The Fred Engelberg Collection consists of materials documenting his prodigious creative and intellectual output between the years 1953 and 1980, and includes film, audio, photographs, manuscripts, and ephemera. The collection was donated to USC by Engelberg's widow in 2014.
Fred Engelberg (1929 - 2012) was an influential and multifaceted artist of the Beat Generation who grew up in New York and moved to California in the late 1950s. He recorded two LPs of folk music for Elektra, wrote prolifically (narratives and poetry), and moved into film (experimental features and documentaries) and photography. A mentor to avant-garde filmmaker Stanton Kaye (whose films are on the National Film Registry), Engelberg collaborated with artists as diverse as Allen Ginsberg, Les Blank, Robert Vaughn, Henry Jaglom, Shel Silverstein, Larry Bell, and John Altoon. He produced an improvisational theater experience entitled "REhearsALISM" and made films on subjects ranging from President Kennedy to racehorses to the Ku Klux Klan. He also worked anonymously on numerous film projects for BBS productions, including the Academy-Award-winning "Hearts and Minds." He made two experimental feature-length documentaries in the 1970s for Columbia that were never released. The first, entitled "The Last of the Polish Jews" examined the forced emigration of Jews from Poland in 1968 and was narrated on screen by Simon Wiesenthal. The other, "Godswill," focused on Kundalini Yoga teacher Yogi Bhajan. Disillusioned, Engelberg negotiated back all rights and took all of his film and other artistic output to the desert in 1981, where he stuffed it into storage and reportedly never discussed it again. Very little information about him is available, primarily due to his reclusiveness in later years, making this collection extremely valuable for researchers across a range of disciplines.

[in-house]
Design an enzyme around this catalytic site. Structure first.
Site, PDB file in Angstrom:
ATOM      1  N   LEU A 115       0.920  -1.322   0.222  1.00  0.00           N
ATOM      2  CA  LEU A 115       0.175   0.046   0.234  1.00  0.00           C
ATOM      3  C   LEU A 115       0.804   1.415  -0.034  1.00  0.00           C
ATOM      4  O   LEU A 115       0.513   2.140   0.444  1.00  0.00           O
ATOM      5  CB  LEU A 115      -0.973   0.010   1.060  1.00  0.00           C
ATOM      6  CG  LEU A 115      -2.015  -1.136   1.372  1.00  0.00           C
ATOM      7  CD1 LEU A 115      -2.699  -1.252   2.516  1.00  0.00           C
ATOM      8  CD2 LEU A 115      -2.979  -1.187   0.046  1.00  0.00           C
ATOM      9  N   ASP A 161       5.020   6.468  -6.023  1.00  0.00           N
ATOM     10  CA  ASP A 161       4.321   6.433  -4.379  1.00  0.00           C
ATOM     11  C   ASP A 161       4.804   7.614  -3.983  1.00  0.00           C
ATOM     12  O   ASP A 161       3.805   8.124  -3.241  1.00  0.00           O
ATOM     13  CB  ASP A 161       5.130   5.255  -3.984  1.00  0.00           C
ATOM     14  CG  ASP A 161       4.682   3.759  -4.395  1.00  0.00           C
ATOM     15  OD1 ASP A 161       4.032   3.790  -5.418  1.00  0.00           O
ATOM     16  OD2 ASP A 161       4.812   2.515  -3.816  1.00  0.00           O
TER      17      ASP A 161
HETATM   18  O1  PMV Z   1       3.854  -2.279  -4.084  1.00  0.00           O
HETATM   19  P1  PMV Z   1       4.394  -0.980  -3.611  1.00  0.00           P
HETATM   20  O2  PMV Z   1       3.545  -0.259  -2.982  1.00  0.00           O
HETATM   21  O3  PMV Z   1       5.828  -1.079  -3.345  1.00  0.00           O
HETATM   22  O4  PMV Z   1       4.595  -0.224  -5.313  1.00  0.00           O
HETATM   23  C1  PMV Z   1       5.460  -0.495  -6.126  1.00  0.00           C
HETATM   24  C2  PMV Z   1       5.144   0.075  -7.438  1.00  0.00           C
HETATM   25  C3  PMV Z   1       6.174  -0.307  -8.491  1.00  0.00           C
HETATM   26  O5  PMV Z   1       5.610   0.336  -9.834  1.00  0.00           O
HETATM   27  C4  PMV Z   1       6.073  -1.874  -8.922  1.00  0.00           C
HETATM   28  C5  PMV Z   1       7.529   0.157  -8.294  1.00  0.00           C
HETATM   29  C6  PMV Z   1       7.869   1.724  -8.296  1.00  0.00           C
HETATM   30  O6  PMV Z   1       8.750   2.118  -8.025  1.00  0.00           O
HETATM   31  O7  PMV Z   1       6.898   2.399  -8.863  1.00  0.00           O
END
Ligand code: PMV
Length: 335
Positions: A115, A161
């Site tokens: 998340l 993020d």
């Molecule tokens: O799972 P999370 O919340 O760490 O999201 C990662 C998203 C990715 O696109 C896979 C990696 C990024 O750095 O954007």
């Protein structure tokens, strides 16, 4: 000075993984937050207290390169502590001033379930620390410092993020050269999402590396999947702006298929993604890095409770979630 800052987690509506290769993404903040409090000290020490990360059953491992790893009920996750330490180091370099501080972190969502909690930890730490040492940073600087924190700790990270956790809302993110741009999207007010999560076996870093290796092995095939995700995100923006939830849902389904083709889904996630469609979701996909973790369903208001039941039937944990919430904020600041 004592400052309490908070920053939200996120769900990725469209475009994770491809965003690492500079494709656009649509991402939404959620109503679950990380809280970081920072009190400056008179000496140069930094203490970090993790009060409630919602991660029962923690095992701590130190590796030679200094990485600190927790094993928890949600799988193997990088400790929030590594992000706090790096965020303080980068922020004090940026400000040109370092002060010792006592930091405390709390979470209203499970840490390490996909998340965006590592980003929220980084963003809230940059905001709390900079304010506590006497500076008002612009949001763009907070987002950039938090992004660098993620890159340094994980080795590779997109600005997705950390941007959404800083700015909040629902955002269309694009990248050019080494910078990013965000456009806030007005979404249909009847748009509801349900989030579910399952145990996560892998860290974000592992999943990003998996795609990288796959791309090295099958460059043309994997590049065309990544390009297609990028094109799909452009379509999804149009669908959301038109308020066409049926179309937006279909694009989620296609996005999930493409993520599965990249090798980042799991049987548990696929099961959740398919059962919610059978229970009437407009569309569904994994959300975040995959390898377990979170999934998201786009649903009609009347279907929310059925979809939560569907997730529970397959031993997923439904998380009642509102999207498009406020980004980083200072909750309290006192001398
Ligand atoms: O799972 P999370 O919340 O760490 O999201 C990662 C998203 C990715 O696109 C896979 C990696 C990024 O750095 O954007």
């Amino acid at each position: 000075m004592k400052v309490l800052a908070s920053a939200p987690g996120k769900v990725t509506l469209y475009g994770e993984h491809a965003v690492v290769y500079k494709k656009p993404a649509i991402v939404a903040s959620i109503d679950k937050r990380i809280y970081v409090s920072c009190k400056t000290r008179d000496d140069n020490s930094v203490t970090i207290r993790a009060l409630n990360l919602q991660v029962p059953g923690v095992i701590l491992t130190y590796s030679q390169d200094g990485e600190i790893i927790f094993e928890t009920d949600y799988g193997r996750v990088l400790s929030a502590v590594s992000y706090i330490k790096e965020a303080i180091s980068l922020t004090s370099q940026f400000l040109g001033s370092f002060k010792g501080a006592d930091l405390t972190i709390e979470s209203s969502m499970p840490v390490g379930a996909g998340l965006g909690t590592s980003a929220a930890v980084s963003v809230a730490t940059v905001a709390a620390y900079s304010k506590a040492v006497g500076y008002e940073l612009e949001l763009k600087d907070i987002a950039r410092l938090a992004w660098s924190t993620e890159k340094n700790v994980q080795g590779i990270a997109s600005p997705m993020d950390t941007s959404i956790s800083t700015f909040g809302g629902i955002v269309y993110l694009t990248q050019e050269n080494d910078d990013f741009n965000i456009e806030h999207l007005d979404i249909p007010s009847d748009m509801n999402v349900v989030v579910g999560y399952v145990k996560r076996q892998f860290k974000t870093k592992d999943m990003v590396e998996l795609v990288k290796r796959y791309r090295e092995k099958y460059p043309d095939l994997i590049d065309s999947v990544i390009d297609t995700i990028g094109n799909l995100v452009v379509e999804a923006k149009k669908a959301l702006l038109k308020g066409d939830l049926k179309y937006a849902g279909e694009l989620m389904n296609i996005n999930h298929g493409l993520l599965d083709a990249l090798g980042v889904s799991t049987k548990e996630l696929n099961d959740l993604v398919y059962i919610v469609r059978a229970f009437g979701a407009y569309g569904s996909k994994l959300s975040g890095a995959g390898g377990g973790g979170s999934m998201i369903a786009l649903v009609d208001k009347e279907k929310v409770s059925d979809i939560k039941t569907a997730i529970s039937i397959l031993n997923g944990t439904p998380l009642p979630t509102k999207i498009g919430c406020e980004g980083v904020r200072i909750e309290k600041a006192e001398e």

This 2 year project will digitize, catalog and describe all of the inter-disciplinary media and documentation found in the holdings of musician, writer, poet, photographer and documentary filmmaker. Collaborative exhibitions and screenings will also occur as a result of the digitization. Roughly 800 reels of 16mm Kodachrome film and audio (close to 150 hours of content) will be digitized along with 30 linear feet of and made available via the web site. Exposure this previously unknown and one of a kind material will provide scholarly research in numerous fields and disciplines across the humanities.
USC School of Cinematic Arts Hugh M. Hefner Moving Image Archive
1953 - 1980
United States, Poland, Denmark, Israel, Vietnam, and Cuba.